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The Iranian Nuclear Negotiations: A Washington Institute Backgrounder

Dennis Ross, Michael Singh, Michael Herzog, Michael Eisenstadt, Nima Gerami, Simon Henderson, and Olli Heinonen

Also available in العربية

November 10, 2014


Will Iran be able to build nuclear weapons?

The answer could be determined by the November 24 deadline for talks between Iran and the five permanent members of the U.N. Security Council and Germany (P5+1). The outcome has profound consequences for America and the Middle East.

Over the years, Washington Institute experts have offered U.S. policymakers in-depth research to clarify Iran's political and military positions. The following selection provides background on Iran's nuclear intentions and possible next steps.


How to Muddle Through with Iran by Dennis Ross












"The essence of the deal that has always made most sense -- a rollback of the Iranian nuclear program in return for a rollback of sanctions -- seems increasingly beyond reach. So a comprehensive deal by November 24 appears very unlikely." Read more

"For Israel the debate goes deeper than just the number of centrifuges or the amount of enriched uranium Iran can stockpile. It is a deep feeling that the P5+1 -- the West -- is more eager for the deal than Iran is." Read more

"Instead of pursuing the chimera of cooperation with the likes of Khamenei, Washington should contest all of Iran's regional assets. From the Shiite slums of Baghdad to the battlefields of Syria, Iran should be confronted with a new, inhospitable reality as it searches for partners." Read more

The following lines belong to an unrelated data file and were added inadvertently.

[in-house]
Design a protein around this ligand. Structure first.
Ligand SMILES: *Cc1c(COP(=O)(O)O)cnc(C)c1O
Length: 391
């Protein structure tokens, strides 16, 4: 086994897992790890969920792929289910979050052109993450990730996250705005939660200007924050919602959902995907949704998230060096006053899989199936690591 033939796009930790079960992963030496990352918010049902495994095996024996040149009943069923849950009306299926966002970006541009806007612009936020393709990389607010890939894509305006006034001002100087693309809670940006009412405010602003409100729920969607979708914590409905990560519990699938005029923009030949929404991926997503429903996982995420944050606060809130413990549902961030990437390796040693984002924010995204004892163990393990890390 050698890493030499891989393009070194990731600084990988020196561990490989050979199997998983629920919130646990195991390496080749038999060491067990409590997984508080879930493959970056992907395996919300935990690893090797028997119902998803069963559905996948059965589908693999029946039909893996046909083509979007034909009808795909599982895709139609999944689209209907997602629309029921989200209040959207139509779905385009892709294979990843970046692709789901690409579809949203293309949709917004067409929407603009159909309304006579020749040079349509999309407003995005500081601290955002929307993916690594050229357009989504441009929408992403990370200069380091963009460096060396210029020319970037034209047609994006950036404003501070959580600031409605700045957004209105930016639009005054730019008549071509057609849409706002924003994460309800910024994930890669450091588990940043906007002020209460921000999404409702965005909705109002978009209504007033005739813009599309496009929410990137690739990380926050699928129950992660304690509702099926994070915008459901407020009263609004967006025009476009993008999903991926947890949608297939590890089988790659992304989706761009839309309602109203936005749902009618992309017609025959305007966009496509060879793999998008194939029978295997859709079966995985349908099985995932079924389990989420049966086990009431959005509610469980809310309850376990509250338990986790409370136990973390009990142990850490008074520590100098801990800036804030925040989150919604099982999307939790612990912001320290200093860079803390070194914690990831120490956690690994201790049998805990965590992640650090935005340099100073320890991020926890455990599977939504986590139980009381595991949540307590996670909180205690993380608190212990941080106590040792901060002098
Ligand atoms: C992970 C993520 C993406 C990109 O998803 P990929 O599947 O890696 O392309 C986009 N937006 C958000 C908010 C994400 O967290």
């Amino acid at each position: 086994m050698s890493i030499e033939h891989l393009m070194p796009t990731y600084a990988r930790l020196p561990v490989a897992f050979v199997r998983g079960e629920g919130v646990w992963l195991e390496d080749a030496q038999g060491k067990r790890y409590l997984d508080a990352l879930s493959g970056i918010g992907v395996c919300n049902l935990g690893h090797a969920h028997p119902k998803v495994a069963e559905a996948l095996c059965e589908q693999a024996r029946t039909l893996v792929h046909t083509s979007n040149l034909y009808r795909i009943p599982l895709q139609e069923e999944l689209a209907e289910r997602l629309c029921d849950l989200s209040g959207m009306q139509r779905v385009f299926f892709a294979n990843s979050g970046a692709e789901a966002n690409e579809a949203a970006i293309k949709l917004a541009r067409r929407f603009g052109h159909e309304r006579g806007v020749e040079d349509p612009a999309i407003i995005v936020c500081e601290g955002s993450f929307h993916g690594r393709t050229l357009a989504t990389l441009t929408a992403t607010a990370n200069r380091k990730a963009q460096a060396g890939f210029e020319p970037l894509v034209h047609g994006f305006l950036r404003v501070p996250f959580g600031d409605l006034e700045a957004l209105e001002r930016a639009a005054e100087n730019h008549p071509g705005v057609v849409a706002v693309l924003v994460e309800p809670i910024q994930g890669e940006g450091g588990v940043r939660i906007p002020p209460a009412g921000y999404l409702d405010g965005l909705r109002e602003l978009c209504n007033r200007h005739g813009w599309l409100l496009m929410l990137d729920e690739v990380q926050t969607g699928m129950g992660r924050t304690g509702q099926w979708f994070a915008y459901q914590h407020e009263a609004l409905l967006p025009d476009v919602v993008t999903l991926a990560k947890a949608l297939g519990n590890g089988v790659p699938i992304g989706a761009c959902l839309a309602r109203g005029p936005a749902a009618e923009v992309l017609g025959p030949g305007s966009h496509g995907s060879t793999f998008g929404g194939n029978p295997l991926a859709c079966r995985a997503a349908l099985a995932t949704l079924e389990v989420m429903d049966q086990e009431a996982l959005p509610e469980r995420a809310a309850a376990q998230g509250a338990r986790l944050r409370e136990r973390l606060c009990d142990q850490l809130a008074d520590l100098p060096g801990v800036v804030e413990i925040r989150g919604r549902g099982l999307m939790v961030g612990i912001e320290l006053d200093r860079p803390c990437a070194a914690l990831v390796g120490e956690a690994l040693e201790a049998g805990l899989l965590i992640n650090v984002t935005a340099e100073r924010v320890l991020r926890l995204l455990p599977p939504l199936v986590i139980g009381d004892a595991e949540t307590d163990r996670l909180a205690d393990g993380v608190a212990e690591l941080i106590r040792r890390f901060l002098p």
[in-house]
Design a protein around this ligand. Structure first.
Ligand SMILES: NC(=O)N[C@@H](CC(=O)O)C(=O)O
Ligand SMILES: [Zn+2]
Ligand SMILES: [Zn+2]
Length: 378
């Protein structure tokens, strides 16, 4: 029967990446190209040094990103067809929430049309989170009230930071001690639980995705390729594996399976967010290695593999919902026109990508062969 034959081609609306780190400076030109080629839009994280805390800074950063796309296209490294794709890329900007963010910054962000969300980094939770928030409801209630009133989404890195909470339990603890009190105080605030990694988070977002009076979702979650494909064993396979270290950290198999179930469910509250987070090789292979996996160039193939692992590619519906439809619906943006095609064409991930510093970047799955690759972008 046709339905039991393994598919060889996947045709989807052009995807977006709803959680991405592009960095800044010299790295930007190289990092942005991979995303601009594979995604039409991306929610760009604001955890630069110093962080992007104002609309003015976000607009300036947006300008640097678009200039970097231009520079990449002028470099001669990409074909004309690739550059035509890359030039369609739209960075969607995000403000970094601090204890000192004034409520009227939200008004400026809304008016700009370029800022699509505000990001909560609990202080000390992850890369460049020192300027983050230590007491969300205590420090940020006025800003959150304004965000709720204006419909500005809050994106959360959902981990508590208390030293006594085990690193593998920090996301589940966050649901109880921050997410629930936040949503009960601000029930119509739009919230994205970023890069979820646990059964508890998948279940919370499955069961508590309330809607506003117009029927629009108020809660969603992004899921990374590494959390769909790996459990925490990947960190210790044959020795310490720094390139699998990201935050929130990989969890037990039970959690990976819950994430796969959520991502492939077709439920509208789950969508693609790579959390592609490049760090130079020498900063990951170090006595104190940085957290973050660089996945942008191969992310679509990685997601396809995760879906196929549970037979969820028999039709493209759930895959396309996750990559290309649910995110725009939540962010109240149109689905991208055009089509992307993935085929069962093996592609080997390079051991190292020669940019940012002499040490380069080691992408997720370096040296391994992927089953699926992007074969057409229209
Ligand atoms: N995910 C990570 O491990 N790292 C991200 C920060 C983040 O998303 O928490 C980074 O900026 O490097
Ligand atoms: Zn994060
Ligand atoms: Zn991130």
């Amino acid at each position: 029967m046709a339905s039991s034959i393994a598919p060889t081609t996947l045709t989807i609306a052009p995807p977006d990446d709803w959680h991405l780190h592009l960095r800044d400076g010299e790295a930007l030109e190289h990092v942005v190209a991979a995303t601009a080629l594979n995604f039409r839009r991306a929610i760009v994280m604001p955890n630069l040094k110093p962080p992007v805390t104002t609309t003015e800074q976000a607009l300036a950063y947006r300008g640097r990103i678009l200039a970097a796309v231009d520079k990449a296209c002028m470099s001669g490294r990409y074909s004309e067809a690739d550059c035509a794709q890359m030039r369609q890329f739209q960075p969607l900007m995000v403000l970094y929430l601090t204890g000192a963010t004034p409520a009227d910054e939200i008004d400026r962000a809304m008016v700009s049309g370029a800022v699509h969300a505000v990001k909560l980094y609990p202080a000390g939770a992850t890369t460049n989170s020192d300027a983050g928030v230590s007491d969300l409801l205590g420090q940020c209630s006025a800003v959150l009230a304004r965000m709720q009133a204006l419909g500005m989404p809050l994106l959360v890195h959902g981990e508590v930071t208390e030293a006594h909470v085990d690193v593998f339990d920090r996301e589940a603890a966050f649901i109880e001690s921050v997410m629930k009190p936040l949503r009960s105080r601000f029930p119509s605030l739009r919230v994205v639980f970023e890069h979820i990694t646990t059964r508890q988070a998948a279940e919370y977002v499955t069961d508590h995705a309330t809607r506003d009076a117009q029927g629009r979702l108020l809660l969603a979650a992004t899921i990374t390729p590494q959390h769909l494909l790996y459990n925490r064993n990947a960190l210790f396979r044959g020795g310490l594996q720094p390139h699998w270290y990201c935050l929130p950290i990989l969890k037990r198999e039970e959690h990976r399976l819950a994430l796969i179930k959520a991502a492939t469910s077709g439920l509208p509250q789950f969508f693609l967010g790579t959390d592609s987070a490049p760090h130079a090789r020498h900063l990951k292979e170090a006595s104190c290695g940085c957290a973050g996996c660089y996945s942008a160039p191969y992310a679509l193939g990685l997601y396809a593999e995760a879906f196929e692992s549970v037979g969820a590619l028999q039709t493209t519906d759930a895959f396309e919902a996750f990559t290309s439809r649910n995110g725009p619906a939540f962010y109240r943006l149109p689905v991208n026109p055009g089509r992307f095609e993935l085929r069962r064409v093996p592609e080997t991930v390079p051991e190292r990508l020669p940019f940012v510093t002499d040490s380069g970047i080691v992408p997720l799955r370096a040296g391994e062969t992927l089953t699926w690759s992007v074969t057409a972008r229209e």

"A good deal with Iran is one that clearly advances U.S. interests -- not only the interest in nuclear nonproliferation globally, but in the stability of the Middle East and U.S. prestige and influence in the region." Read more

"A public airing of the potential consequences of Iran's nuclear program could alter the terms of debate and possibly encourage greater restraint within the Islamic Republic." Read more

"While the P5+1 negotiations focus on Iran's nuclear research program, the possible military dimensions (PMD) are being investigated by the International Atomic Energy Agency (IAEA). The Iranians may not satisfy the demands of IAEA investigators." Read more

"Notwithstanding partisan difficulties, seeking congressional endorsement is essential lest any agreement rest on a shaky foundation and be difficult to implement." Read more

The Institute and the Harvard Kennedy School Belfer Center for Science and International Affairs copublished an interactive glossary of the complex terminology and history behind IAEA inspections, centrifuge enrichment, basic nuclear physics, and nuclear weapons development. Read more